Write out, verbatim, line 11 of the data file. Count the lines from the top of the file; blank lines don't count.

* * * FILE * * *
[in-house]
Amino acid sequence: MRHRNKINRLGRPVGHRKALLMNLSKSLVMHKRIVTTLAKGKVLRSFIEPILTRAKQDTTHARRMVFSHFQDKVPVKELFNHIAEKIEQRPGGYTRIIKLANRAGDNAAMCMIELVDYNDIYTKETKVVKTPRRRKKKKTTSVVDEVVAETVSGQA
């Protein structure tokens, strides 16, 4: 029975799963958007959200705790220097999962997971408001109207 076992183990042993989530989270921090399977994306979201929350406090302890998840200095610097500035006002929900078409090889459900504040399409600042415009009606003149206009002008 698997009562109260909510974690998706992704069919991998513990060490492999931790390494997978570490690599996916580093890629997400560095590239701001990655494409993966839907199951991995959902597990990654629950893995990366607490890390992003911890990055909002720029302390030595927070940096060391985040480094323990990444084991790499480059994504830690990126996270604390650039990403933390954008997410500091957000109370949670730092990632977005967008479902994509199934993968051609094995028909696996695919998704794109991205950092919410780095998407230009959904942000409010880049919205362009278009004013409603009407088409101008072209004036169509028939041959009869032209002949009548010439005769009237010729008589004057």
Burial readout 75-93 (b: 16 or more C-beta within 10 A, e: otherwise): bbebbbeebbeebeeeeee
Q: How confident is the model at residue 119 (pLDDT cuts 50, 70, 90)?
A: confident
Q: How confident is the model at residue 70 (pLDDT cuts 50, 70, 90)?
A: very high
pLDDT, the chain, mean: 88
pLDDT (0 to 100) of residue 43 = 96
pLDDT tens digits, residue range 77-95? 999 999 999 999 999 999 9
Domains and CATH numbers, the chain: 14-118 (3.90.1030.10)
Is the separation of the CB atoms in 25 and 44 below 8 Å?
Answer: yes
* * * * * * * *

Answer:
pLDDT tens digits, residue range 77-95? 999 999 999 999 999 999 9